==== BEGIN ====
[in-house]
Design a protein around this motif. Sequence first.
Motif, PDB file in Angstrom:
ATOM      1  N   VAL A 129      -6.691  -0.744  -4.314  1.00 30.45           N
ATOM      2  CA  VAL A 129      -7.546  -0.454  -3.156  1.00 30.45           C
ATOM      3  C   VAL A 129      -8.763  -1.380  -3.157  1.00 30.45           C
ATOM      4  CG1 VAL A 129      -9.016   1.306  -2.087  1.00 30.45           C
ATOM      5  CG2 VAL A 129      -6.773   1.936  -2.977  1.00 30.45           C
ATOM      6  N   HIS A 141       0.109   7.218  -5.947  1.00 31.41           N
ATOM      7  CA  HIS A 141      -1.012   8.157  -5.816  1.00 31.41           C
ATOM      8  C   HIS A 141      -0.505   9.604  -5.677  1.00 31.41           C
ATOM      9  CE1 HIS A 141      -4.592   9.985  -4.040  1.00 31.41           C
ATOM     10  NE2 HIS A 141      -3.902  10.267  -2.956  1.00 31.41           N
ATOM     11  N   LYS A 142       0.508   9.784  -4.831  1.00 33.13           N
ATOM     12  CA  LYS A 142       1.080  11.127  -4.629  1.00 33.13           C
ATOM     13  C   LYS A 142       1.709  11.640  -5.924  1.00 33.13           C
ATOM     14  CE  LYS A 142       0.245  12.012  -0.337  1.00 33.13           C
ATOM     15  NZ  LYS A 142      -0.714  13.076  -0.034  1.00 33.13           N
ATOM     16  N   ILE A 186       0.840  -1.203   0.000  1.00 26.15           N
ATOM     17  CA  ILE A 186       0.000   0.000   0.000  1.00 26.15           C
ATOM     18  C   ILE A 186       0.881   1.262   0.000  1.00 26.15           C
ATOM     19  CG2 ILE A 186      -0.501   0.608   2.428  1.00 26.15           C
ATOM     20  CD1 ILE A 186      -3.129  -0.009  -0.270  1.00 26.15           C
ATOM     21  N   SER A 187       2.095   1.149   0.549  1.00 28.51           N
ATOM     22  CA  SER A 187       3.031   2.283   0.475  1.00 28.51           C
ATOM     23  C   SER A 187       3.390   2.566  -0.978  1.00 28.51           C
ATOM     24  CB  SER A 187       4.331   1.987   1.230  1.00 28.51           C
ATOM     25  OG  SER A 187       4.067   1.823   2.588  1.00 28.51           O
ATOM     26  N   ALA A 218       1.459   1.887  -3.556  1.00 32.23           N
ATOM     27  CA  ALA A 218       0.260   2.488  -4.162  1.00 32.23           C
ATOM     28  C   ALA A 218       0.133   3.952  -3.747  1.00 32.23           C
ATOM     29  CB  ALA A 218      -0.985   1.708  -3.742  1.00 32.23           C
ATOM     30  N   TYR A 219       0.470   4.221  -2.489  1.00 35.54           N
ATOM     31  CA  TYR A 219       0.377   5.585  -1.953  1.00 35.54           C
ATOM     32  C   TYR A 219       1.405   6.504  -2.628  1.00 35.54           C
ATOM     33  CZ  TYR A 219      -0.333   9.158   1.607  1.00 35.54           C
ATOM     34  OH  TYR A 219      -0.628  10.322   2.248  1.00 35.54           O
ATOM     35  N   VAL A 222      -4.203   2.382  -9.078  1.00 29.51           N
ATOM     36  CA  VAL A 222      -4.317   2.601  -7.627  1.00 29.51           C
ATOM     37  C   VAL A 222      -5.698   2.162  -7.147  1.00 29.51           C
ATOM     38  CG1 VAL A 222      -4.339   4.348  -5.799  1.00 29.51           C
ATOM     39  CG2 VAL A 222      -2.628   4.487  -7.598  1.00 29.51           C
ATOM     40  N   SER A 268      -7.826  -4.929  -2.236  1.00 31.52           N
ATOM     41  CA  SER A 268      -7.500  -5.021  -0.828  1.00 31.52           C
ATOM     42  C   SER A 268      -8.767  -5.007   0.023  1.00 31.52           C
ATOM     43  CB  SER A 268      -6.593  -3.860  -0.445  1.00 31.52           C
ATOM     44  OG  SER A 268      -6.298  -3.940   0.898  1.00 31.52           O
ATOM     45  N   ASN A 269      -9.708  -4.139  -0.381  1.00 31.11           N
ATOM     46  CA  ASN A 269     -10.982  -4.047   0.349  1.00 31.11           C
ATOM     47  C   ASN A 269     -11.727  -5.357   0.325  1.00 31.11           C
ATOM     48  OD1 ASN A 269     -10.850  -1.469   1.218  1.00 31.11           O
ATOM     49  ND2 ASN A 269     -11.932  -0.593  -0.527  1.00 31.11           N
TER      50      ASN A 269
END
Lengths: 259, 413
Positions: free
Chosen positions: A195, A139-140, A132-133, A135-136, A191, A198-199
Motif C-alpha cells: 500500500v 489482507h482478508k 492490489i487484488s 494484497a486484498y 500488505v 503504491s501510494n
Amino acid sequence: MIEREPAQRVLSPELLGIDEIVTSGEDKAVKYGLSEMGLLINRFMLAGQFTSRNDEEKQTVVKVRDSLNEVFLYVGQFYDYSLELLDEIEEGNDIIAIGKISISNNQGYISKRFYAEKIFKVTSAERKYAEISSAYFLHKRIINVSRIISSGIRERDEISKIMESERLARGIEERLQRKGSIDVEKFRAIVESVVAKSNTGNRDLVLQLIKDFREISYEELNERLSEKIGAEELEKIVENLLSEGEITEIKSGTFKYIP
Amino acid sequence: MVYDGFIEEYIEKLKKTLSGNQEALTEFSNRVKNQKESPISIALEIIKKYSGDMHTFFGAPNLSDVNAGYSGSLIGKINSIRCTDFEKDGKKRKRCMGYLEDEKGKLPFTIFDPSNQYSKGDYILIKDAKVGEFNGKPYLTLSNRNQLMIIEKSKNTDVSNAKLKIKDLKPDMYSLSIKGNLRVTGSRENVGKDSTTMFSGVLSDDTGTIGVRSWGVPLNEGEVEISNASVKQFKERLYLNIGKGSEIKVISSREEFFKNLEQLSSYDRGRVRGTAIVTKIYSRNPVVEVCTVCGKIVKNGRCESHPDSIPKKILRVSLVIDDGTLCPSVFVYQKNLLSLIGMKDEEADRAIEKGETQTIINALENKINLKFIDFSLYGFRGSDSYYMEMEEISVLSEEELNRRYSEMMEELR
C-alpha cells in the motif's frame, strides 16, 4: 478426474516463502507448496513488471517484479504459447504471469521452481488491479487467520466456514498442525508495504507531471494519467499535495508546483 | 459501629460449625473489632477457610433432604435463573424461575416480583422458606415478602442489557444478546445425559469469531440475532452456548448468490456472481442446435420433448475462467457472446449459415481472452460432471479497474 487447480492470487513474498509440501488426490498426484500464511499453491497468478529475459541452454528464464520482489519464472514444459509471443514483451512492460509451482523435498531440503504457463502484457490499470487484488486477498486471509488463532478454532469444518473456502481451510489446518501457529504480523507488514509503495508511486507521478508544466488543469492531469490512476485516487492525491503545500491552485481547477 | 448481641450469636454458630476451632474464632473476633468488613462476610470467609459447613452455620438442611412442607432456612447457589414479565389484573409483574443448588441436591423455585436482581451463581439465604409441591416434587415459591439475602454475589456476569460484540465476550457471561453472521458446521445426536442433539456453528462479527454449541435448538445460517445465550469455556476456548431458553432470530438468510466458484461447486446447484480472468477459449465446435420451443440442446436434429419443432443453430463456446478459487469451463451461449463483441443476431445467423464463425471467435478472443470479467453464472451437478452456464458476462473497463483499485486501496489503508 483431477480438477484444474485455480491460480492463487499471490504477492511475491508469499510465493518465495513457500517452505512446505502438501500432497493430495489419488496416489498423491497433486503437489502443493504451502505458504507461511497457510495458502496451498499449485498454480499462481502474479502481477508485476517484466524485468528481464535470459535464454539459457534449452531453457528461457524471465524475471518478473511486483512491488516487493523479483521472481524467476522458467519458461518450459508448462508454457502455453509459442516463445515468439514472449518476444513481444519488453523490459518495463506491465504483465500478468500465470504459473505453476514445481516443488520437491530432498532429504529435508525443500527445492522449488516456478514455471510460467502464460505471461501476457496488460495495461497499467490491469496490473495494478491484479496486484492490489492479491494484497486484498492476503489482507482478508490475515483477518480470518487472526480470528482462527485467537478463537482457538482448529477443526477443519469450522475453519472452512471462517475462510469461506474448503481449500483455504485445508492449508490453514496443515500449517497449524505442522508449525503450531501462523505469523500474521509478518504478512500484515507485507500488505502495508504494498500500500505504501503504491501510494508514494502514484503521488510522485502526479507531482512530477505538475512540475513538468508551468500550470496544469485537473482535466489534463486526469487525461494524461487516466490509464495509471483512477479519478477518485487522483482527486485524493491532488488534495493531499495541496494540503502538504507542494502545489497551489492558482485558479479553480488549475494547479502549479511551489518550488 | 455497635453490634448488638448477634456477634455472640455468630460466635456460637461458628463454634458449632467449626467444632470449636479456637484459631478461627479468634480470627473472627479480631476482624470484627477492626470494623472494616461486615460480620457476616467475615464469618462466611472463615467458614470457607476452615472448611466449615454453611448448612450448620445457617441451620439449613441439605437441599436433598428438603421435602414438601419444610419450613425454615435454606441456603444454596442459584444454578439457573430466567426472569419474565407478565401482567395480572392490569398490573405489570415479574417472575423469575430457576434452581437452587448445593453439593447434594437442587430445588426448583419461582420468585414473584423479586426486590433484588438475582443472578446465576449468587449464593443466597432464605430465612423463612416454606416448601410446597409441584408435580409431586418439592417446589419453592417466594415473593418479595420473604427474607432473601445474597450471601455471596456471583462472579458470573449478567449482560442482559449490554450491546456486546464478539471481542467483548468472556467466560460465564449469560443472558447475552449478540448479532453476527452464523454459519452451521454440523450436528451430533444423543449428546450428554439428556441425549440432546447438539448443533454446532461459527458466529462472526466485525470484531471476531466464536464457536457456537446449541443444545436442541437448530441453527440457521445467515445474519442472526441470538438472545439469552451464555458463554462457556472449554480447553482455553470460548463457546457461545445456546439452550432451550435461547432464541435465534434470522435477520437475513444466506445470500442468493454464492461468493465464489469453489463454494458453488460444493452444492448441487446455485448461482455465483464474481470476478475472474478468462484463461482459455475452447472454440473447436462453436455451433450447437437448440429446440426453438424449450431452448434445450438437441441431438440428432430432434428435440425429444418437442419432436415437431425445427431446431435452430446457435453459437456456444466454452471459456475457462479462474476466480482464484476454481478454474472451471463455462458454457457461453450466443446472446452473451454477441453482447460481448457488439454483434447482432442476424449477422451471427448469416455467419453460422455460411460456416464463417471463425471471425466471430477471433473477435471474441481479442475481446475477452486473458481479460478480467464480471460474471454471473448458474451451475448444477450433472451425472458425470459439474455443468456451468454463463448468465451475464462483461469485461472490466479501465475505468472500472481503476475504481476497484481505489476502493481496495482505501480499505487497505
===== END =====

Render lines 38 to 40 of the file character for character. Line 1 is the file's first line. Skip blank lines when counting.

ATOM     35  N   VAL A 222      -4.203   2.382  -9.078  1.00 29.51           N
ATOM     36  CA  VAL A 222      -4.317   2.601  -7.627  1.00 29.51           C
ATOM     37  C   VAL A 222      -5.698   2.162  -7.147  1.00 29.51           C